We love their braised pheasant post, with step-by-step instructions, and the great photos (we’d expect nothing less!). Check out their progress as they try to eat their way through our catalog!

Look for Ted’s photos to be posted on our website soon.

We Have a Wiener!

Charcutepalooza, The Year of Meat. Who could imagine that a single cookbook would inspire a nation to preserve meat competitively for a year?  If it’s Michael Ruhlman’s classic book “Charcuterie” and Cathy and Kim, then Charcutepalooza is the result.  A year ago, they threw down a challenge to a few dozen fellow food bloggers.  Make one charcuterie item per month for a year, and blog about the experience.  They figured a few online friends would poke around in the kitchen and learn together.  But their numbers grew to over 300 participants around the world.   It seemed like everyone wanted to be in on the fun!

charcutepalooza logo

We were happy to support the meaty needs of the Charcutepalooza-ers with discounted pricing all year, and to serve on the judges’ panel.  The author of the best blog post—it’s hard to taste charcuterie over the web!—would win a week in France, and the admiration of fellow charcutiers.  Not to mention the happy side effect of eating lots of charcuterie all year. The stakes were high, the world of meat was watching.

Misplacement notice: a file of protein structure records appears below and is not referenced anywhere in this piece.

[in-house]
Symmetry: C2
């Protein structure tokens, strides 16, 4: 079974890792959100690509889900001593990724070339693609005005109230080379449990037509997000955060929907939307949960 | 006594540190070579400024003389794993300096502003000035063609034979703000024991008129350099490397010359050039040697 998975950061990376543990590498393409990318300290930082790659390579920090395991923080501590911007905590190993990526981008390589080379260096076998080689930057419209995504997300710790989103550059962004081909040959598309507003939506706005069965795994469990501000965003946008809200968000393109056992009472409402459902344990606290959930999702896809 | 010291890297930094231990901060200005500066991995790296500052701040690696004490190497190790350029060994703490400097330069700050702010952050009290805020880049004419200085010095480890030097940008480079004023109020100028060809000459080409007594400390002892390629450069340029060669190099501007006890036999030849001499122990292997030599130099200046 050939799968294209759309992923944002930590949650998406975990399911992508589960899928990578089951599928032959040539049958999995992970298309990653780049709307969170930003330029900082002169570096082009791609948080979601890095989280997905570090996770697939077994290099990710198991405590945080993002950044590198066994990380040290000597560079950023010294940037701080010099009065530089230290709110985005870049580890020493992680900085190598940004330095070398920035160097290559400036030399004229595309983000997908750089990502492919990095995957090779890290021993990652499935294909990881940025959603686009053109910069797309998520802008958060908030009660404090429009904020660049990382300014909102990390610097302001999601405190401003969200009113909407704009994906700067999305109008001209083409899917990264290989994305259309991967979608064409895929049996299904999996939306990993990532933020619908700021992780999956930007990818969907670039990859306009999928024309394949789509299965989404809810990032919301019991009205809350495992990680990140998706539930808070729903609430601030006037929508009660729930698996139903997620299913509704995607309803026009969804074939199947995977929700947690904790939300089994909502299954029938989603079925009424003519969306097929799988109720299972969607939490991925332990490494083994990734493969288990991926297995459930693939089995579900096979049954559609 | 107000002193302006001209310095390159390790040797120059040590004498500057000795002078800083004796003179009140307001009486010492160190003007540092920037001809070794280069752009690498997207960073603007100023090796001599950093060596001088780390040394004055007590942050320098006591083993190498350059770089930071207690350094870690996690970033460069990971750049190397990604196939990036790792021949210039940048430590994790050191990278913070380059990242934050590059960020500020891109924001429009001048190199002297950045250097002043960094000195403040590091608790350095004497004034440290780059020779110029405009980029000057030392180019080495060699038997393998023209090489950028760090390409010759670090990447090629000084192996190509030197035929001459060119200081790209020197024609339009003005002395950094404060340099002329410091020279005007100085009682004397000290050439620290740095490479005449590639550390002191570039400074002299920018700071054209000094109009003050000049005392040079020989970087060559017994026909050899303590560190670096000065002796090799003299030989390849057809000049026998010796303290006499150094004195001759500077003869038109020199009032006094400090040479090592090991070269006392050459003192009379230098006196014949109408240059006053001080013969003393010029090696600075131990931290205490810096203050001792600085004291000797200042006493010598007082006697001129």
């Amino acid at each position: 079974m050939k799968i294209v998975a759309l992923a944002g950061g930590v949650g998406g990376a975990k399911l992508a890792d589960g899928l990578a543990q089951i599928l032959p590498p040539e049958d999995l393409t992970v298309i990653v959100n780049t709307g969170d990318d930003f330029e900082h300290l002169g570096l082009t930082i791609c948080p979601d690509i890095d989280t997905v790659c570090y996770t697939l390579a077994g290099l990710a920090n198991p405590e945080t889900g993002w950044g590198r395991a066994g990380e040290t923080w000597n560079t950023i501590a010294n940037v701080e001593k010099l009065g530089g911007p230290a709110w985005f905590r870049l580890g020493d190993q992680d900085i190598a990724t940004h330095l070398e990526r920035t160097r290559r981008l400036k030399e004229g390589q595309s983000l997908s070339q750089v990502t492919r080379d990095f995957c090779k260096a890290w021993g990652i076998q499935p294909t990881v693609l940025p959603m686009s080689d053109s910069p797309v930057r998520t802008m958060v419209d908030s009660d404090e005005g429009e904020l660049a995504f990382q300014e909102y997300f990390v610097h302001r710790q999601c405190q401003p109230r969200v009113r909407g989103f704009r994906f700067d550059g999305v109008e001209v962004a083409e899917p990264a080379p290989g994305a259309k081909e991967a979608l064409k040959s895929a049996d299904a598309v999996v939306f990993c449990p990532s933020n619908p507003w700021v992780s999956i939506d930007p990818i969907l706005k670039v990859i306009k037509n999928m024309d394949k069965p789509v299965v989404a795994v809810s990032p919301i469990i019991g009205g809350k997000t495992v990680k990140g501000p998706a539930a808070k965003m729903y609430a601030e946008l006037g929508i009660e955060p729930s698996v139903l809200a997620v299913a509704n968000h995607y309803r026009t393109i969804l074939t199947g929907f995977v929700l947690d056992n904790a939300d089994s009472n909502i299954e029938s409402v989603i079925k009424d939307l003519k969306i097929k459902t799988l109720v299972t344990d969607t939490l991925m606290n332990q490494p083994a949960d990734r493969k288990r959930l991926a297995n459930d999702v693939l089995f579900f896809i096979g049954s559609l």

Sausages hanging in curing room

Photo courtesy of Peter Barrett

And since we were not anxiously waiting for duck prosciutto to age on a deadline, it seemed like the Year of Meat flew past.   Before we knew it, we were reading the final blog posts.  They spoke of victory in the kitchen, education at the farmers market and the highs and lows that you encounter when cooking.   While all the blog posts were impressive, educational and even moving (yes, curing meat can be emotional!), the ultimate triumph went to A Cook Blog by Peter Barrett.

Peter Barrett in the Garden

Peter Barrett Outstanding in His Field

We congratulate Peter on his creative, charming, knowledgeable and stunning post Gratitude is the Attitude which clinched the win.  It left us breathless and hungry! His blog has always impressed us with its clever turns of phrase and ambitious recipes, and we look forward to reading more from his corner of the world.  And we expect a full report from France on his blog later this year.